I spent the summer of my graduation assisting a professor at the University of Sussex. Day after day, I sat in a side room on the first floor of the library that housed the Mass Observation (MO) archive. As sun poured, intermittently, through the window, I leafed through piles of papers, marked with different handwriting. The pages bore responses to different questionnaires (known as "directives") sent out by the MO project to a few thousand volunteers across the country. Still going strong, MO sticks to the brief on which it was founded in 1937: to gauge the public's mood and their attitudes towards current affairs.
Worktown by David Hall tells the story of the birth of MO. In the late 1930s, Bolton became the site of an astonishing social experiment. Ninety "observers" descended on the past-its-best mill town. For three years, they lived among its inhabitants and recorded the minutiae of their daily lives. The project leader, Tom Harrison, dubbed the endeavour "the Worktown project" and, to ensure an "objective" record, he instructed observers to note everything. The length of time it took a pub-goer to finish his pint was recorded, as was the number of bald men in the upper gallery of a cinema and the fact that five of the brunettes wore flowered dresses to a dance and four wore green.
Harrison was the bolder of the two architects of the nascent MO, the other being Charles Madge. Both were public school Oxbridge types. But while Madge was an introvert who coordinated the project from his home in Blackheath, Harrison was the project's charming, heavy-drinking and mercurial man on the ground. When it came to observing, he had good pedigree. A keen ornithologist, he studied natural sciences at Cambridge before dropping out and spending 18 months in the South Pacific with indigenous tribes.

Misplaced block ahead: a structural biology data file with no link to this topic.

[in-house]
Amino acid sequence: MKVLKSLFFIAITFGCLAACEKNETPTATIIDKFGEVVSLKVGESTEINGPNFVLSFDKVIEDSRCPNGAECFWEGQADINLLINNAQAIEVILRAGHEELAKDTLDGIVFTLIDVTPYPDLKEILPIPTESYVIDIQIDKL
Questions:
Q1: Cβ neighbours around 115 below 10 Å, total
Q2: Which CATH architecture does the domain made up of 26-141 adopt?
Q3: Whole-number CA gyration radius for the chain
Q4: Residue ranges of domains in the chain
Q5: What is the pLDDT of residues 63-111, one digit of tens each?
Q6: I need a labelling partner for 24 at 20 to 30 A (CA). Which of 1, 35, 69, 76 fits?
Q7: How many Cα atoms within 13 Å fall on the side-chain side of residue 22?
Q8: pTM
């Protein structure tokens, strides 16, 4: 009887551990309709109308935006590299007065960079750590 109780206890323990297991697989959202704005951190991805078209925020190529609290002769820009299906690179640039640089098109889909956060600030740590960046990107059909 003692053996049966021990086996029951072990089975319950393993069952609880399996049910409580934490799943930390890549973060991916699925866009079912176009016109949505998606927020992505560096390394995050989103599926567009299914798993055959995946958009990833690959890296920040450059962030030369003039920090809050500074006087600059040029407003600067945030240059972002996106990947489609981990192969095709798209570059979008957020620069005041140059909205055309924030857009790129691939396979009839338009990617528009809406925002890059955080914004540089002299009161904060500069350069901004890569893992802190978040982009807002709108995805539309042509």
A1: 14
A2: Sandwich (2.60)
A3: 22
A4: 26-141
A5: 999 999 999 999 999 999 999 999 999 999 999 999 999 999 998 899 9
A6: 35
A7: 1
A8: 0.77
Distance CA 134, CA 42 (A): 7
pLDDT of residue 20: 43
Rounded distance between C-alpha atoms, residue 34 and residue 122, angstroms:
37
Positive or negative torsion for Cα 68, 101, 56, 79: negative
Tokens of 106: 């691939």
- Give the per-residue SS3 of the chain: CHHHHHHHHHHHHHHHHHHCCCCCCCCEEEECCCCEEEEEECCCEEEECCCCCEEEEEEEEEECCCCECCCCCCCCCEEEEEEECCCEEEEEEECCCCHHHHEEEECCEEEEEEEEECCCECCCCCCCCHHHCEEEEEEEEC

Hall does a good job of telling the human story behind the project and gives good treatment to its interplay with the wider tumultuous context: the abdication of Edward VIII, Hitler's march across Europe and the Spanish Civil War. But this being English social history, the central story is one of class – one with which Hall never quite gets to grips.
He makes a virtue of early survey responses from the Bolton residents. "On the other side of my pair of mules is a side-piecer who is spinning temporarily," records one respondent. "He called to me in bantering tones 'Where shall I see you tonight and I'll buy you a drink?'" Through the terminology, you can almost smell the oil and cotton on the looms. Hall treats these accounts with a deft hand. As I know from that summer in the library, there can be an awful lot of chaff between the wheat.
Each chapter is structured around these two strands: Hall thematically unpicks the remarkably untapped social history of the Bolton responses while telling the story of those overseeing the project. Frustratingly though, he rarely interrogates the relationship between the two that lay at the crux of the project. Harrison was unbending in his conviction that the observers could record an objective view of working-class life. However, the project was often criticised as the upper-middle classes using the lower-middle classes to spy on the working classes.
The directives issued by Madge from Blackheath and the observations of Harrison's team were undoubtedly flavoured by both the titillation of class transgression and the left-leaning politics of most involved. Hall notes the common backgrounds of those behind MO but then fails to reappraise the body of work they curated. How were questions set? What prejudices did their choice of language betray? On what did they focus and what did they ignore?
Worktown is a great read. But in failing to recognise Harrison and Madge's claims of objectivity as preposterous, Hall misses a trick. Had he questioned the intent of this gilded elite in putting beneath their microscope the working class of Bolton, he may have also made an important contribution to the canon of social history.Reuse content